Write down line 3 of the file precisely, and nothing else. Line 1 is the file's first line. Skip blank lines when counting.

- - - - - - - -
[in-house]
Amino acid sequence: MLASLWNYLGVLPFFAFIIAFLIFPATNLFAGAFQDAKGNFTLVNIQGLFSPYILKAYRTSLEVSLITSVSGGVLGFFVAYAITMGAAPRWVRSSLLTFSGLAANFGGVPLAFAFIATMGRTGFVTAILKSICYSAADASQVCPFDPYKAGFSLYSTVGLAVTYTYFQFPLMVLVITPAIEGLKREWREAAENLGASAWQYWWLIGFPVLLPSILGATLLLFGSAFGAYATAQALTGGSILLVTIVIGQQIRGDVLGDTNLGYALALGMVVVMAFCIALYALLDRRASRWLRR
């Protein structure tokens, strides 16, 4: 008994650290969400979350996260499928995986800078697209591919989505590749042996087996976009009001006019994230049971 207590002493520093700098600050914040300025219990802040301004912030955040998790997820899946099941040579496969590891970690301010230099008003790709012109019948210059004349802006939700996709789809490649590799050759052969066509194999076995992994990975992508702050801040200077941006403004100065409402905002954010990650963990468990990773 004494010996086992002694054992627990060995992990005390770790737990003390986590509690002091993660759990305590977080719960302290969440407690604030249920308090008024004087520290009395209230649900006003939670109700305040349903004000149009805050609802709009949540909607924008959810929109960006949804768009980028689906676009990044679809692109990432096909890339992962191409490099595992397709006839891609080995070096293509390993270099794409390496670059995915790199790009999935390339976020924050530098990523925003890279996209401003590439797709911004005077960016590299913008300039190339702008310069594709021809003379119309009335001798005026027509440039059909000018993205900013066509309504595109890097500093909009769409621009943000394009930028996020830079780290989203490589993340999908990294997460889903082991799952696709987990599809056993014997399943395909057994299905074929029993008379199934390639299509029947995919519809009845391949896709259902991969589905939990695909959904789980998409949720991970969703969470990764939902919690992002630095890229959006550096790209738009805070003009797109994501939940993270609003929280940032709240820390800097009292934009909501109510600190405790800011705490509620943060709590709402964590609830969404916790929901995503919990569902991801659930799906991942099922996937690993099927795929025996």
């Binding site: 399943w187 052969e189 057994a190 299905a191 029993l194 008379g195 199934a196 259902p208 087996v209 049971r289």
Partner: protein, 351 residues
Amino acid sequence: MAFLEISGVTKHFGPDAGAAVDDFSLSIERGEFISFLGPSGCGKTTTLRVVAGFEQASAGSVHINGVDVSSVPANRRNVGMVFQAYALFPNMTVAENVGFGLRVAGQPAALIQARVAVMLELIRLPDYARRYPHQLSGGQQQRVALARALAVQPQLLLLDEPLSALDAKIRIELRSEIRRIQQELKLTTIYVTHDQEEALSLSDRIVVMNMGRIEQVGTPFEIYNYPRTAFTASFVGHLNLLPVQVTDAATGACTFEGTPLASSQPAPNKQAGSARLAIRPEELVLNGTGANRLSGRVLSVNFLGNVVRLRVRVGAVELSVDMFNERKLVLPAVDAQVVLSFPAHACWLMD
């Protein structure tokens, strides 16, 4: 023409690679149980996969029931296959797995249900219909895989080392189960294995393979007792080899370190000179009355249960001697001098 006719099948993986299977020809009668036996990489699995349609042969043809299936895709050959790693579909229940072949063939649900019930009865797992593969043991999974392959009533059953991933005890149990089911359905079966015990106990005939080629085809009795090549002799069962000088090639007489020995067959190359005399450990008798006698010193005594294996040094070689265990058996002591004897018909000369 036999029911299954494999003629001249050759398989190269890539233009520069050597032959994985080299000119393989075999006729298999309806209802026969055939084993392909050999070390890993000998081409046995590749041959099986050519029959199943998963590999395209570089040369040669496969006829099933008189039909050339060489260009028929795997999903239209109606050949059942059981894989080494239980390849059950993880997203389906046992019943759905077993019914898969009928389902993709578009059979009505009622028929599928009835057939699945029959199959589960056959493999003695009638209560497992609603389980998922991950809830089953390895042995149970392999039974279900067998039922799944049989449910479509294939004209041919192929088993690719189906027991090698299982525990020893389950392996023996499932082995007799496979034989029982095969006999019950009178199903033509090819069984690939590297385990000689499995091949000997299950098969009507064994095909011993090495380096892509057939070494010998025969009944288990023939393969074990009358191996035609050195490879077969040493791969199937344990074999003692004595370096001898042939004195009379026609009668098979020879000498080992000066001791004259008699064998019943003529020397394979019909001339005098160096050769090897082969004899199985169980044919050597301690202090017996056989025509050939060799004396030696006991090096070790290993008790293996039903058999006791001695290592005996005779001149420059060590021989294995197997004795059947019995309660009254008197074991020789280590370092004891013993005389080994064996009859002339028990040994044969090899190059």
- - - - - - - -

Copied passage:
């Protein structure tokens, strides 16, 4: 008994650290969400979350996260499928995986800078697209591919989505590749042996087996976009009001006019994230049971 207590002493520093700098600050914040300025219990802040301004912030955040998790997820899946099941040579496969590891970690301010230099008003790709012109019948210059004349802006939700996709789809490649590799050759052969066509194999076995992994990975992508702050801040200077941006403004100065409402905002954010990650963990468990990773 004494010996086992002694054992627990060995992990005390770790737990003390986590509690002091993660759990305590977080719960302290969440407690604030249920308090008024004087520290009395209230649900006003939670109700305040349903004000149009805050609802709009949540909607924008959810929109960006949804768009980028689906676009990044679809692109990432096909890339992962191409490099595992397709006839891609080995070096293509390993270099794409390496670059995915790199790009999935390339976020924050530098990523925003890279996209401003590439797709911004005077960016590299913008300039190339702008310069594709021809003379119309009335001798005026027509440039059909000018993205900013066509309504595109890097500093909009769409621009943000394009930028996020830079780290989203490589993340999908990294997460889903082991799952696709987990599809056993014997399943395909057994299905074929029993008379199934390639299509029947995919519809009845391949896709259902991969589905939990695909959904789980998409949720991970969703969470990764939902919690992002630095890229959006550096790209738009805070003009797109994501939940993270609003929280940032709240820390800097009292934009909501109510600190405790800011705490509620943060709590709402964590609830969404916790929901995503919990569902991801659930799906991942099922996937690993099927795929025996």